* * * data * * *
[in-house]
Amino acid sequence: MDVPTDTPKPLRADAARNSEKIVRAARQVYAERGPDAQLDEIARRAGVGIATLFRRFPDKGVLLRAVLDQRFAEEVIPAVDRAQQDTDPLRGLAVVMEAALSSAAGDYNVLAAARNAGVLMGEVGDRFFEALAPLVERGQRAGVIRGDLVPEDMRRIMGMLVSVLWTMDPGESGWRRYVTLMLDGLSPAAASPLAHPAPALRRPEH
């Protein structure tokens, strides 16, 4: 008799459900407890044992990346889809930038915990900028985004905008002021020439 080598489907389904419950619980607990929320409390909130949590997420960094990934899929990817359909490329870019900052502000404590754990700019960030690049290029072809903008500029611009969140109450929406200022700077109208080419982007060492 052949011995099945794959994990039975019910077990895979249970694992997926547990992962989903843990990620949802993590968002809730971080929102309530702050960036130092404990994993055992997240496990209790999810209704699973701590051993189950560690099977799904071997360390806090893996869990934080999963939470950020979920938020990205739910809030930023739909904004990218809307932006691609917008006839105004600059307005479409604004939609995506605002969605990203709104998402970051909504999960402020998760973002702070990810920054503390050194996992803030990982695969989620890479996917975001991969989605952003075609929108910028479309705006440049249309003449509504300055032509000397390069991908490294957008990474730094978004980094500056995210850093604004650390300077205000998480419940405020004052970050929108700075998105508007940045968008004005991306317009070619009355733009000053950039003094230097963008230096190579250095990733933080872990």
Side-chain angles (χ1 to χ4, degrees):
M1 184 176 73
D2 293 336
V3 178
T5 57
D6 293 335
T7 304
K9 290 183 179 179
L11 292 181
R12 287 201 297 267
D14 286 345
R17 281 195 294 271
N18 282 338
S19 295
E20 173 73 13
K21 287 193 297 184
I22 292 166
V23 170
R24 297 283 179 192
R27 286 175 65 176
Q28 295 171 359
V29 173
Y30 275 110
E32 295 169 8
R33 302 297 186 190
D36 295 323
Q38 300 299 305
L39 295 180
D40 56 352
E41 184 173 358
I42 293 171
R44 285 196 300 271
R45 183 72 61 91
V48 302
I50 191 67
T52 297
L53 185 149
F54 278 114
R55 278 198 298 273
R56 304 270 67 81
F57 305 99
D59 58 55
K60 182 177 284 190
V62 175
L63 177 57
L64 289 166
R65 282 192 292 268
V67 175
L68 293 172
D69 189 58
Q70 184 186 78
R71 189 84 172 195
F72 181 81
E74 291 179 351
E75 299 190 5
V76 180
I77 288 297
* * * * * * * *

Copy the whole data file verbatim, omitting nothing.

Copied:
[in-house]
Amino acid sequence: MDVPTDTPKPLRADAARNSEKIVRAARQVYAERGPDAQLDEIARRAGVGIATLFRRFPDKGVLLRAVLDQRFAEEVIPAVDRAQQDTDPLRGLAVVMEAALSSAAGDYNVLAAARNAGVLMGEVGDRFFEALAPLVERGQRAGVIRGDLVPEDMRRIMGMLVSVLWTMDPGESGWRRYVTLMLDGLSPAAASPLAHPAPALRRPEH
């Protein structure tokens, strides 16, 4: 008799459900407890044992990346889809930038915990900028985004905008002021020439 080598489907389904419950619980607990929320409390909130949590997420960094990934899929990817359909490329870019900052502000404590754990700019960030690049290029072809903008500029611009969140109450929406200022700077109208080419982007060492 052949011995099945794959994990039975019910077990895979249970694992997926547990992962989903843990990620949802993590968002809730971080929102309530702050960036130092404990994993055992997240496990209790999810209704699973701590051993189950560690099977799904071997360390806090893996869990934080999963939470950020979920938020990205739910809030930023739909904004990218809307932006691609917008006839105004600059307005479409604004939609995506605002969605990203709104998402970051909504999960402020998760973002702070990810920054503390050194996992803030990982695969989620890479996917975001991969989605952003075609929108910028479309705006440049249309003449509504300055032509000397390069991908490294957008990474730094978004980094500056995210850093604004650390300077205000998480419940405020004052970050929108700075998105508007940045968008004005991306317009070619009355733009000053950039003094230097963008230096190579250095990733933080872990």
Side-chain angles (χ1 to χ4, degrees):
M1 184 176 73
D2 293 336
V3 178
T5 57
D6 293 335
T7 304
K9 290 183 179 179
L11 292 181
R12 287 201 297 267
D14 286 345
R17 281 195 294 271
N18 282 338
S19 295
E20 173 73 13
K21 287 193 297 184
I22 292 166
V23 170
R24 297 283 179 192
R27 286 175 65 176
Q28 295 171 359
V29 173
Y30 275 110
E32 295 169 8
R33 302 297 186 190
D36 295 323
Q38 300 299 305
L39 295 180
D40 56 352
E41 184 173 358
I42 293 171
R44 285 196 300 271
R45 183 72 61 91
V48 302
I50 191 67
T52 297
L53 185 149
F54 278 114
R55 278 198 298 273
R56 304 270 67 81
F57 305 99
D59 58 55
K60 182 177 284 190
V62 175
L63 177 57
L64 289 166
R65 282 192 292 268
V67 175
L68 293 172
D69 189 58
Q70 184 186 78
R71 189 84 172 195
F72 181 81
E74 291 179 351
E75 299 190 5
V76 180
I77 288 297